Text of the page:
2010 Var floods

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2010 Var floods
The location of the department of the Var within France
Date 15–16 June 2010
Location Var, France
Deaths at least 25 deaths
Property damage unknown

The 2010 Var floods were the result of heavy rainfall in southern France that caused severe floods in the department of the Var in the evening of 15 June 2010. As well as generalized flooding, there were also flash floods. Meteorologists say the floods are the worst in the region since 1827,[1] with more than 400 mm (16 in) of rain falling in less than 24 hours.[2] At least 25 people have been killed,[3] and 14 people are still missing.[4] The worst hit municipalities were Les Arcs, Figanières, Roquebrune-sur-Argens, Trans-en-Provence, and the subprefecture of Draguignan.[5]


Over 1,000 people were evacuated from their houses, and 175,000 houses were left without electricity. In Draguignan, 236 inmates had to be evacuated when two floors of the prison were flooded.[6] All 440 inmates from the prison were later transferred to other prisons in Cannes, Grasse, Metz, Marseille and Nice.[7] Helicopters were used to evacuate people from the rooftops of their houses.[1] In Frejus, over 1,500 people were rescued by the use of inflatable boats or helicopters. Many tourists were trapped in campsites along the Argens river.[6] People were urged to drink bottled water as it was feared that water supplies in the area were contaminated by the floodwater.[8]

Prime Minister François Fillon announced on 18 June that a declaration of natural catastrophe would be issued "as soon as possible": it will concern the cantons of Besse-sur-Issole, Callas, Cotignac, Draguignan, Fayence, Fréjus, Lorgues, Le Luc and Le Muy.[8][9]


Interior Minister Brice Hortefeux stated that he expected the death toll to rise further.[2] President Nicolas Sarkozy expressed his condolences to the victims' families and his support for the rescue teams.[6] He stated that he planned to visit the area on 21 June 2010.[2][9]

The French Red Cross launched an appeal, stating that the appeal was strictly for cash donations and not for clothing or furniture.[10]


Eleven people were killed in Draguignan, five in Trans-en-Provence, three at La Motte, two in Roquebrune-sur-Argens and Saint-Aygulf (in the commune of Fréjus) and one each in Fréjus town, the Lac de Saint-Cassien and at Le Luc.[3][8] As of 17 June 2010, 14 people were listed as missing.[8]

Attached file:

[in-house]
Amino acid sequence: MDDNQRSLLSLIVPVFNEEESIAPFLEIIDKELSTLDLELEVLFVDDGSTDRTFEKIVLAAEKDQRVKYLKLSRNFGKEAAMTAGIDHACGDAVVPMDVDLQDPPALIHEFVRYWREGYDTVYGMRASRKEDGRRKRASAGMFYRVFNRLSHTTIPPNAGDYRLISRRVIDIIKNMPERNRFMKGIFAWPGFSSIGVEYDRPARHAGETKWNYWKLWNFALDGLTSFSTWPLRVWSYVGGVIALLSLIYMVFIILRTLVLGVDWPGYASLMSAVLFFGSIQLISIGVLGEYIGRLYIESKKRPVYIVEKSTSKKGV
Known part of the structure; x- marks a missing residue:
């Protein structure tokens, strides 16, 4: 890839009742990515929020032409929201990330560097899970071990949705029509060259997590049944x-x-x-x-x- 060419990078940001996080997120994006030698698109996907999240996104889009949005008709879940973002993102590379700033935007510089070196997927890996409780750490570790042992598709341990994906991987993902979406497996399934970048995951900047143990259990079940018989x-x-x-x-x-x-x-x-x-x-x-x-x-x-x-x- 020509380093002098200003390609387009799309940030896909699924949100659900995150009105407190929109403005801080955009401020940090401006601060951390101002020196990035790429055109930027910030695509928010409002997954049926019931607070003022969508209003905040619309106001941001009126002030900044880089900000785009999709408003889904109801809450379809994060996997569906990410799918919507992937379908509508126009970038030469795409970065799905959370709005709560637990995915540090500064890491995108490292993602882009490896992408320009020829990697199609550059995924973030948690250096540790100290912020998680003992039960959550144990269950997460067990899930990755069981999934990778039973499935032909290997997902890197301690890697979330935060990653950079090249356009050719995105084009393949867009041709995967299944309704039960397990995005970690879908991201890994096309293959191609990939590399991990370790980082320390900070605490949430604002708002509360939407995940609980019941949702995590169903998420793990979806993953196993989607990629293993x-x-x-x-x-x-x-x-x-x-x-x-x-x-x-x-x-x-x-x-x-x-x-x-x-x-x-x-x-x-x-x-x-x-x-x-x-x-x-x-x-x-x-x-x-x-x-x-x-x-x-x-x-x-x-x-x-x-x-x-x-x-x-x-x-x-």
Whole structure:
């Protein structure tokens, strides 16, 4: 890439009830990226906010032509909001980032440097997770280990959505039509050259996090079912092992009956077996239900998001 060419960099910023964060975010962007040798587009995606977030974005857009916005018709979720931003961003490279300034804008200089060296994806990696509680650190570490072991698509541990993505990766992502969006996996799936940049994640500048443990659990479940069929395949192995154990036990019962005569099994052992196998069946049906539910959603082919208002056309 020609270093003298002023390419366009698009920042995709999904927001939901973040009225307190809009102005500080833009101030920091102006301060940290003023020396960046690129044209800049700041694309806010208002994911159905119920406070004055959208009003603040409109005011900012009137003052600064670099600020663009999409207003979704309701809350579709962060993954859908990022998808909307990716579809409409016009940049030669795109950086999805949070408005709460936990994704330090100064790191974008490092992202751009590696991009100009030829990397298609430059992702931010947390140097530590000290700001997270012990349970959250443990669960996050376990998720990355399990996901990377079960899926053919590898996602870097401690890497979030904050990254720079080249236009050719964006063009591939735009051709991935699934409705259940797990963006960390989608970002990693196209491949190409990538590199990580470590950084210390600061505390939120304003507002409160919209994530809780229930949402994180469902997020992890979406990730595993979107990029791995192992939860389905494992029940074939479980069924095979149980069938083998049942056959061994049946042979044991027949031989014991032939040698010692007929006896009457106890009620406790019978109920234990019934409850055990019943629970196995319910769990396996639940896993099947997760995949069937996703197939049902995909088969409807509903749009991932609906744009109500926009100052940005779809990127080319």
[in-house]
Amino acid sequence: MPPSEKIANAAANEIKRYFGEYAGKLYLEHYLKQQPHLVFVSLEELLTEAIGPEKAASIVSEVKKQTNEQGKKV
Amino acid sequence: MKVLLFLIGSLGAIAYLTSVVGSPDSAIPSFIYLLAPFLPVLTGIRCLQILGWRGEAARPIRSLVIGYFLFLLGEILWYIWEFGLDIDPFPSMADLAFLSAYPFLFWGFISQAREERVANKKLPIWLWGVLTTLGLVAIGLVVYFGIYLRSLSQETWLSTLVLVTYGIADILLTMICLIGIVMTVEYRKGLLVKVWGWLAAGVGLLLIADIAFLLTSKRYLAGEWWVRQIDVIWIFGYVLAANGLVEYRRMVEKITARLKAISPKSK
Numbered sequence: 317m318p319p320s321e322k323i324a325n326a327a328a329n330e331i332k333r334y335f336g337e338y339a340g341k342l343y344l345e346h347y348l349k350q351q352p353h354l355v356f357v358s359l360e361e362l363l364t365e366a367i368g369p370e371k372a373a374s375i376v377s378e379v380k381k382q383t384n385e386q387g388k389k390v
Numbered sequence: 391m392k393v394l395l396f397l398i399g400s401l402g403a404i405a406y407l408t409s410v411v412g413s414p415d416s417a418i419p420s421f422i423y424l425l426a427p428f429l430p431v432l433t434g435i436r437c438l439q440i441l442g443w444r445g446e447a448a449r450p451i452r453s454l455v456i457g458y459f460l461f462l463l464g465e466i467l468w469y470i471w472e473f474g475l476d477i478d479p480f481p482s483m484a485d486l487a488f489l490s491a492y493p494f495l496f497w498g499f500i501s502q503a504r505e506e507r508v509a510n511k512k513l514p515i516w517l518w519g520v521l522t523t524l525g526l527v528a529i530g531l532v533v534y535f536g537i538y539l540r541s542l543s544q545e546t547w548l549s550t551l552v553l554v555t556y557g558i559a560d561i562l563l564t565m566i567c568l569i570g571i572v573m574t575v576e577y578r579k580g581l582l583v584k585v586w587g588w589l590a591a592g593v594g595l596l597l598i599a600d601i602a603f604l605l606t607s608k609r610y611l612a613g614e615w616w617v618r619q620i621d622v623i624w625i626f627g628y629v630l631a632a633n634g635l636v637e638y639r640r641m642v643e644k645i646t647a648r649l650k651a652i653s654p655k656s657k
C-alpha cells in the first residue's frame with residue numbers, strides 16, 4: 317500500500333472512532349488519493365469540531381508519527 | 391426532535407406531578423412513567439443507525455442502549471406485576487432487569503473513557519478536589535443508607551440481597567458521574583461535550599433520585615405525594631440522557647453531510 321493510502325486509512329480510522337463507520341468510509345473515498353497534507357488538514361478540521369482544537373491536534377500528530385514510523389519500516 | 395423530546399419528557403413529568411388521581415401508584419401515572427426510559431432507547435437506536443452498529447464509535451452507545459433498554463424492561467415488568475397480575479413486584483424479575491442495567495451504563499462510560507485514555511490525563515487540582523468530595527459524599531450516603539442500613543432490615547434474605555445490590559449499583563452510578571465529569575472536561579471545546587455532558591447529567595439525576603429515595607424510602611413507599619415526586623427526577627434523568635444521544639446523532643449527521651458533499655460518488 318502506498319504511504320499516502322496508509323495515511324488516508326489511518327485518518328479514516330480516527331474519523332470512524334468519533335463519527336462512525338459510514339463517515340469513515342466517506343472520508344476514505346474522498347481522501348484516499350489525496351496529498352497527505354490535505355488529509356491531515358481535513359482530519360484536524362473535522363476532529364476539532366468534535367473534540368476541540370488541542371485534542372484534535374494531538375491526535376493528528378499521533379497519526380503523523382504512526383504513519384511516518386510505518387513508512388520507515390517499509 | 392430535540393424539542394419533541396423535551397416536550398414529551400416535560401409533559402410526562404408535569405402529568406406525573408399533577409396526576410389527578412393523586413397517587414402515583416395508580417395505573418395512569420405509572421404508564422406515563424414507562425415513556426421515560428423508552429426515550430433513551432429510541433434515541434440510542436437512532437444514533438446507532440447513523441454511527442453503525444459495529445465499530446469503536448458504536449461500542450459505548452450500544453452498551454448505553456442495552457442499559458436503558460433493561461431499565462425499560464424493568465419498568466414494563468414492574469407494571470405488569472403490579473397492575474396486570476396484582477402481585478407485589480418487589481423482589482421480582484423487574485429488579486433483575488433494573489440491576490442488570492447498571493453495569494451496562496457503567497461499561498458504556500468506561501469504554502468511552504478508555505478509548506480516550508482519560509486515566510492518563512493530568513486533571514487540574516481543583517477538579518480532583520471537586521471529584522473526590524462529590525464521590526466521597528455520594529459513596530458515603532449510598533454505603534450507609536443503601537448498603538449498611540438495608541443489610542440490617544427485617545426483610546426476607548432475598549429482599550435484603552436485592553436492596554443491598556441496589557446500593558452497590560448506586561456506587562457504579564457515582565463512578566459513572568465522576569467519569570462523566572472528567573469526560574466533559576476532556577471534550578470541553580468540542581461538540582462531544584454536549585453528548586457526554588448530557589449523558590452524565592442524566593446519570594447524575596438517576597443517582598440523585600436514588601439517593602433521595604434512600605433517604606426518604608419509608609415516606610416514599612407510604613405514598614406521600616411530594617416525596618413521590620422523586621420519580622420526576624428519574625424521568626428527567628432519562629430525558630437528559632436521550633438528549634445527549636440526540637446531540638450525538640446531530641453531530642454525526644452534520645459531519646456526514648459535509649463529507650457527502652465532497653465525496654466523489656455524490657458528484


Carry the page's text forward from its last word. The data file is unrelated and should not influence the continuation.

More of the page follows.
The floods also killed about 3000 sheep and about 100 horses, leading to problems in disposing of the carcasses, many of which had been swept into a wooded area and were trapped in trees.[9]

Transport disruption[edit]

A High Speed Train travelling between Nice and Lille was stranded by the floodwaters near Le Luc.[11] There were over 300 people on board. The railway between Toulon and Fréjus was closed.[1] Services were reinstated between Toulon and Les Arcs and also between Nice and Saint-Raphaël on 17 June 2010. A bus service replaced trains between Les Arcs and Saint-Raphaël.[8] Air travel in the region was also disrupted.[1] Toulon-Hyères Airport closed in the evening of 15 June 2010, and reopened the following morning.[12]

See also[edit]


  1. ^ a b c d Deadly flash floods hit southern France, BBC News, 16 June 2010, archived from the original on 17 June 2010, retrieved 17 June 2010 .
  2. ^ a b c French flash floods death toll 'expected to rise', BBC News, 17 June 2010, archived from the original on 17 June 2010, retrieved 17 June 2010 .
  3. ^ a b "Var: Le bilan des inondations s'alourdit à 25 morts", Le Monde (in French), 17 June 2010, archived from the original on 20 June 2010, retrieved 17 June 2010 
  4. ^ "Inondations: quatorze personnes disparues", Var Matin, 17 June 2010, archived from the original on 19 June 2010, retrieved 17 June 2010 .
  5. ^ "Var: villes dévastées et routes effondrées après des inondations meurtrières", Le Monde (in French), 16 June 2010, archived from the original on 17 June 2010, retrieved 17 June 2010 .
  6. ^ a b c Samuel, Henry (16 June 2010). "Deadly flash floods hit southern France". London: The Telegraph. Retrieved 17 June 2010. 
  7. ^ "Inondations: 440 détenus évacués à Draguignan" (in French). Var-Matin. Archived from the original on 19 June 2010. Retrieved 17 June 2010. 
  8. ^ a b c d e "Inondations: 25 morts, l'état de catastrophe naturelle bientôt publié" (in French). Var-Matin. Archived from the original on 19 June 2010. Retrieved 17 June 2010. 
  9. ^ a b c "Arrêté de catastrophe naturelle pour neuf cantons du Var", Le Monde, 18 June 2010, archived from the original on 21 June 2010, retrieved 19 June 2010 .
  10. ^ "Inondations: la solidarité s'organise" (in French). Var-Matin. Retrieved 17 June 2010. 
  11. ^ "Southern France hit by deadly flash floods". London: The Telegraph. 16 June 2010. Retrieved 17 June 2010. 
  12. ^ "Noodweer Côte d'Azur eist twintigste leven" (in Dutch). De Telegraaf. Retrieved 17 June 2010. 

External links[edit]